You Can Trust The Bible
Foundations Underlying this “Inductive Method of Exegesis”
Time restraints and the purpose of a course in exegesis and hermeneutics make it necessary to begin with several assumptions about the Bible. Although there is extensive evidence supporting these assumptions, there is simply not time to go back and seek to prove them all.
The Bible is the Word of God. We are concerned about what the Bible means, because we firmly believe that the Bible conveys God’s eternal message to twenty-first-century man. As a rule, Restorationists and Protestants believe that every word in every part of the Bible was written under the supervision of the Holy Spirit. Paul said that the New Testament was composed of words which the Holy Spirit taught, not in words which man’s wisdom taught (2 Tim. 3:16, 17; 1 Cor. 2:8-13).
Also, the New Testament canon is apostolic and was first recognized as divine and authoritative by first-century Christians under the guidance of the Holy Spirit. Peter, Paul, and Jude cited statements in the New Testament and referred to them as the authoritative word of God (1 Tim. 5:18 and Luke 10:7; 2 Pet. 3:15, 16; Jude 18 and 2 Pet. 3:3).
The canon and its text were finally preserved under the protection and providence of God. Isaiah, Jesus, and Peter promised that the word of God would not pass away, but would be transmitted from one generation to the next and endure forever (Isa. 40:6; Matt. 24:35; 1 Pet. 1:22-25). Textual critics tell us that the text of the New Testament is so certain that not one basic doctrine is affected or is based on an uncertain text.
Although not as expressive as we often wish they were, standard translations of the Bible are trustworthy because they were done by large committees of highly recognized scholars from varied denominational backgrounds. Being from varied denominational backgrounds, these scholars served as checks-and-balances for each other and weeded out theological biases and errors.
However, I hasten to point out that not every system of theology or translation is truly the word of God. Only translations and theological conclusions which are based on accurate interpretations of the original text are the true word of God. Accurate interpretation and application of the original text can only be achieved when a sound method of study that integrates essential principles of interpretation is followed.
Biblical truth is absolute, objective, and attainable. Serious Bible study is usually motivated by the conviction that biblical truth is absolute, objective, and attainable. The Bible lays claim to being absolute and objective. When Jesus said, “. . . ye shall know the truth,” He necessarily implied that there is truth and it can be known (John 8:32). Thus, Jesus asserted that truth is absolute and attainable. If it is absolute, it is distinct from error, not mixed with error, or not true by degrees. If it is attainable, it can at least be known to some degree.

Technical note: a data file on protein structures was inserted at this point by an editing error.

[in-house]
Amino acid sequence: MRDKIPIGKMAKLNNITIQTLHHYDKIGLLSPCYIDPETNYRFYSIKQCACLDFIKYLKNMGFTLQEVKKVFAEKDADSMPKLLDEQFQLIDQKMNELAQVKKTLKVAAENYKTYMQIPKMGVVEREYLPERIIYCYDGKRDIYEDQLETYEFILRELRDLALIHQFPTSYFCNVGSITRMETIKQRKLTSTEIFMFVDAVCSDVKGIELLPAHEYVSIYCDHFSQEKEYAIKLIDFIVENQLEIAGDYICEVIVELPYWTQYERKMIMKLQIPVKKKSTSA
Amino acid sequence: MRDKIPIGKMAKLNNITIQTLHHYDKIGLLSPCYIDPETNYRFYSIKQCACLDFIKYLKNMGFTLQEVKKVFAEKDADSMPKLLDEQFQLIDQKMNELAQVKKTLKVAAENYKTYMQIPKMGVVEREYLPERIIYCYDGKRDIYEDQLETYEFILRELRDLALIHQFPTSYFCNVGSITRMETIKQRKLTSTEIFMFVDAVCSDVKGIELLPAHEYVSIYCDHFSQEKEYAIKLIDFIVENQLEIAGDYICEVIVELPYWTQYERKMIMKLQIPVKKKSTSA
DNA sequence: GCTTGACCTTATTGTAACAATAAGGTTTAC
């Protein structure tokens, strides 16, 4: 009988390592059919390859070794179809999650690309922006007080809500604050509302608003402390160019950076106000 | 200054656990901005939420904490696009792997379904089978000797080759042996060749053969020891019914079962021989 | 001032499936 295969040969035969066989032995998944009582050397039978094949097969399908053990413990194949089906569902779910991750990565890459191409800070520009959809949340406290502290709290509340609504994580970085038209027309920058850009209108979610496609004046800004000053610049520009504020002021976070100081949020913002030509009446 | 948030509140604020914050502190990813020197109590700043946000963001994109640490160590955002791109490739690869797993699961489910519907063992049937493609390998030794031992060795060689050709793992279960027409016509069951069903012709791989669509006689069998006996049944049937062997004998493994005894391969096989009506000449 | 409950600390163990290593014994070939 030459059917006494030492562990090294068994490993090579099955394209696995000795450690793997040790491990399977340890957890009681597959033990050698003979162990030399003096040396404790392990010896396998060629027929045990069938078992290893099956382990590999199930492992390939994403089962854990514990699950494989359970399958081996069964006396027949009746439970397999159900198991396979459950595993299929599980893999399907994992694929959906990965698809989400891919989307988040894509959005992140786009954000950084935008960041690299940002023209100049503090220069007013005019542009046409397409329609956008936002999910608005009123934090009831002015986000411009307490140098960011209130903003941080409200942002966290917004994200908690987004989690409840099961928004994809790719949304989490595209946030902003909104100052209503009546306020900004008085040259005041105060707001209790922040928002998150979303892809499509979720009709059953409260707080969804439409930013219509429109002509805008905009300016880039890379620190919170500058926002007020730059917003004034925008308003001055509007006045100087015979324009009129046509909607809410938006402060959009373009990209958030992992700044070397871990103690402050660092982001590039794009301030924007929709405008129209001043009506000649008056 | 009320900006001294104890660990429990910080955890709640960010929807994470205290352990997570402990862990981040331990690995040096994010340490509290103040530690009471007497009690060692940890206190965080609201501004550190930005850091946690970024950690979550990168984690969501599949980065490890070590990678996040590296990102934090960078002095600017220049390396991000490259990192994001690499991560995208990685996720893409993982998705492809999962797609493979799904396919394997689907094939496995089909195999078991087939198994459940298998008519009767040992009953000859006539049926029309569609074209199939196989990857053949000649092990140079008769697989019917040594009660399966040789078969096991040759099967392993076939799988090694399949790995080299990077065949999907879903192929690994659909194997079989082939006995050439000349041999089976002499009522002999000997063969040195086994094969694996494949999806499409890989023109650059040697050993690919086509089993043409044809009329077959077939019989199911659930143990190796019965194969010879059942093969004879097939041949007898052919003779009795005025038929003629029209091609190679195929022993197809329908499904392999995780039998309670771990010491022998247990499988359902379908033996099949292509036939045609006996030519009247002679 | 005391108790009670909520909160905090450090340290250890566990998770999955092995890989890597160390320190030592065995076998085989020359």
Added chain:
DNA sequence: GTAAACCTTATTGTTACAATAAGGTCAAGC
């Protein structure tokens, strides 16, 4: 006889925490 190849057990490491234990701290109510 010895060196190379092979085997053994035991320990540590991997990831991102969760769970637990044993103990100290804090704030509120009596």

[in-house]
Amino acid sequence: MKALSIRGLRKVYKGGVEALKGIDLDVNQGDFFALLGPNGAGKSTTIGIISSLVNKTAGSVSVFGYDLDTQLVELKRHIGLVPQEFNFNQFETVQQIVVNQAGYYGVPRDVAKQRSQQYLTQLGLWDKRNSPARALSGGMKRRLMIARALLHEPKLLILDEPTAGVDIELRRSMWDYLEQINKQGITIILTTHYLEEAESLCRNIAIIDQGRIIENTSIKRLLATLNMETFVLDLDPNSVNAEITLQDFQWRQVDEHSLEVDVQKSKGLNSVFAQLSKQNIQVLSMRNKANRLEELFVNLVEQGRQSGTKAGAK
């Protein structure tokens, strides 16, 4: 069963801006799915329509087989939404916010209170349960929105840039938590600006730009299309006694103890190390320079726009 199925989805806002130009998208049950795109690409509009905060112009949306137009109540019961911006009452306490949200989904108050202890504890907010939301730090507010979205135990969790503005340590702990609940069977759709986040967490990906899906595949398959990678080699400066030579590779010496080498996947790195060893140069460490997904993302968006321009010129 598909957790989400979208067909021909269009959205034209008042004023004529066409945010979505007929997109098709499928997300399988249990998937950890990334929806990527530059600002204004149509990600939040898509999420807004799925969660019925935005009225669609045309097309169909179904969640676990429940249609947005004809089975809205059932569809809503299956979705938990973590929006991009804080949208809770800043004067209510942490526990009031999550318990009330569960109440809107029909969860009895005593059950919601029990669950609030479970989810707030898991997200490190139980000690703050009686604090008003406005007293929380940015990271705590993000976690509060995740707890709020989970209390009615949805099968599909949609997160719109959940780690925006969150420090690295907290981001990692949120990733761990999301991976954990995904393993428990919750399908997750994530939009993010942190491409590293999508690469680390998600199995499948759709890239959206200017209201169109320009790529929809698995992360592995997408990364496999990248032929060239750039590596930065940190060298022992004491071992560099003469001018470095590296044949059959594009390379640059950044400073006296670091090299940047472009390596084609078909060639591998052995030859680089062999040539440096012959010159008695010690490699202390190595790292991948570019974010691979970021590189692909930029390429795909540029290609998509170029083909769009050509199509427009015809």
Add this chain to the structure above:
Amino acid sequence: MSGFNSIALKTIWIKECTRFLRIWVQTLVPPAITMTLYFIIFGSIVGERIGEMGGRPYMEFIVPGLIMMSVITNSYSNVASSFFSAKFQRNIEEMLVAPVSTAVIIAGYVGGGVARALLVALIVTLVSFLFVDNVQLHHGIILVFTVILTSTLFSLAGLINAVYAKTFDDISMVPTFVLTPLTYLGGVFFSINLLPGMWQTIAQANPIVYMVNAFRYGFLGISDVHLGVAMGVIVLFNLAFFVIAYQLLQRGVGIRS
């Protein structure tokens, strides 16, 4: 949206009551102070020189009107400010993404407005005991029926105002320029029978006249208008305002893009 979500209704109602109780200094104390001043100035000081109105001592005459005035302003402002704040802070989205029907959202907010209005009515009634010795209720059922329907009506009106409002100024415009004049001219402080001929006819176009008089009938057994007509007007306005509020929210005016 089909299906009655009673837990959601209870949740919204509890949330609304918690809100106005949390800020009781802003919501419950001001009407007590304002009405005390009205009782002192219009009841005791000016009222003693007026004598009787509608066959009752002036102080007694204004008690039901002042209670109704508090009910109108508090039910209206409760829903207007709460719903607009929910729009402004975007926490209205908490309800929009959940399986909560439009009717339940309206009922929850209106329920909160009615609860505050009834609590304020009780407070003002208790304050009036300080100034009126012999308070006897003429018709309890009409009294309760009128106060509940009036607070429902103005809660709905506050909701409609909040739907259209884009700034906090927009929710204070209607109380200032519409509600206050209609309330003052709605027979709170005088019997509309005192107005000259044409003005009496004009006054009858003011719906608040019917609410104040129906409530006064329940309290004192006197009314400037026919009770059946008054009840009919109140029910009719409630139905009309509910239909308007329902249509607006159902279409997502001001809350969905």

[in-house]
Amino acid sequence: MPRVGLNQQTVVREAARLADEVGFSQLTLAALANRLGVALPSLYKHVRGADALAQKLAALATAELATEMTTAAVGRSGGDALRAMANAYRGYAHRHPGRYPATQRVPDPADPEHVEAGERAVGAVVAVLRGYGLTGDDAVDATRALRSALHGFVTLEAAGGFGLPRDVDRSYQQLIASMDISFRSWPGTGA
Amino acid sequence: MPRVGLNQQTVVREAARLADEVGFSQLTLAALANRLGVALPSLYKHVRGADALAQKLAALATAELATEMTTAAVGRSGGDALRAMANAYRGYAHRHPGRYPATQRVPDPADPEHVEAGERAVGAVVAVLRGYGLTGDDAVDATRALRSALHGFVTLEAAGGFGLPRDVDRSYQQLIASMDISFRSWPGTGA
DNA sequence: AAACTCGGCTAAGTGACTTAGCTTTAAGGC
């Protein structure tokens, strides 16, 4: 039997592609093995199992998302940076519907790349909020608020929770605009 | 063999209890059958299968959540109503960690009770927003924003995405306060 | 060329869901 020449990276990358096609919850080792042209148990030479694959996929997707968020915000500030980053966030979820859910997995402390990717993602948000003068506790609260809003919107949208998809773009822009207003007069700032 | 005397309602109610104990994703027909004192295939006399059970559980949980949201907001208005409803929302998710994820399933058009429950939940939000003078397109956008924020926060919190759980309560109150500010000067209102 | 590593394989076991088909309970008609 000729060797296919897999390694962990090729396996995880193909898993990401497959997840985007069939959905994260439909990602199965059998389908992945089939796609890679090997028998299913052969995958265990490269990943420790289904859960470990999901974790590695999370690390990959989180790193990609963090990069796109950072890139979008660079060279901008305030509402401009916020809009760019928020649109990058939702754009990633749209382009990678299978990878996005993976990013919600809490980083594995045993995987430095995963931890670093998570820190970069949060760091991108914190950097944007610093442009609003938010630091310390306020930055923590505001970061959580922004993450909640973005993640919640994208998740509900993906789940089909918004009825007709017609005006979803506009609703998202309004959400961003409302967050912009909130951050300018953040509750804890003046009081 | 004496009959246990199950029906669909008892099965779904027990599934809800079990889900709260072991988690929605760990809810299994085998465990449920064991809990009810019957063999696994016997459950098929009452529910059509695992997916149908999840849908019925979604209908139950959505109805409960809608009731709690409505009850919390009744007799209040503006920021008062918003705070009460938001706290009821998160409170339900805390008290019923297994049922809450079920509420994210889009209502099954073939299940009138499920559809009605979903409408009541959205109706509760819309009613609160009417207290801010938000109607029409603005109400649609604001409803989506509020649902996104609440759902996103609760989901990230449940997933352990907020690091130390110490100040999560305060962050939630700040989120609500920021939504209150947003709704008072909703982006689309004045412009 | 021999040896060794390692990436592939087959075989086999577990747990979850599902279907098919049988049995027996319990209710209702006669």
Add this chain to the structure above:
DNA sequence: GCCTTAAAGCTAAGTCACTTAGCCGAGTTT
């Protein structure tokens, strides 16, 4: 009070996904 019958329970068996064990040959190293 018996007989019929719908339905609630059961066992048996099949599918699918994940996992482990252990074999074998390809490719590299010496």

Jesus prayed, “Thy word is truth” (John 17:17). Jesus believed that the word of God is true, and every thought that contradicts it is false. He prayed, “Thy word is truth (John 17:17). Although Scripture and truth most surely relate to man and his situation, its truthfulness (or falseness) is independent from man. That is, what man thinks, feels, says, or does neither adds to nor diminish from the truthfulness of the Bible.
The Bible’s truthfulness derives from God and his very nature. “‘For My thoughts are not your thoughts, Neither are your ways My ways,’ declares the Lord. ‘For as the heavens are higher than the earth, So are My ways higher than your ways, And My thoughts than your thoughts'” (Isa. 55:8, 9). Jeremiah declared, “I know, O Lord, that a man’s way is not in himself; Nor is it in a man who walks to direct his steps” (Jer. 10:23). Truth is from God, not from man. What man believes, feels, says, and does are all judged as true or false by a comparison to the word of God (Acts 17:11; Gal. 1:6-9; 2 John 9, 10). If the truth that leads to our salvation (i.e., freedom from guilt, fellowship with God, and a new life that pleases God) resided in man and were to be discovered by man’s feelings, reasoning, and experiences, there would be no need for the Bible.
Subjective and, in many cases, deductive Bible study methods lead students to seek to speak to the Bible and dictate what it has to say. Objective and inductive Bible study methods lead them to let the Bible speak to them. Students too often come to the Bible with conclusions already drawn seeking to justify their views of what is right and what is wrong. Everyone should come to the Bible as the objects to be affected by it. We should come seeking God’s will, rather than seeking to justify our own beliefs and actions.
Man can know the truth. Surely, God is capable of revealing His truth so that man can understand it. The Bible explicitly states that man can know the truth and understand it (John 8:32; Heb. 10:26; Eph. 5:17; 2 Pet. 2:20; 1 John 5:20). Likewise, the Bible necessarily implies that we can distinguish between truth and error. Paul says, “But examine everything carefully; hold fast to that which is good” (1 Thess. 5:21). True, man is finite and cannot know perfectly the infinite God nor his infinite mind, but it is obvious that he can know enough to be responsible. He can know because God has revealed Himself and His will for man.
© 2004, Dr. Wm. T. (Bill) Lambert
Professor Emeritus – NT Literature and Interpretation
College of Bible and Religion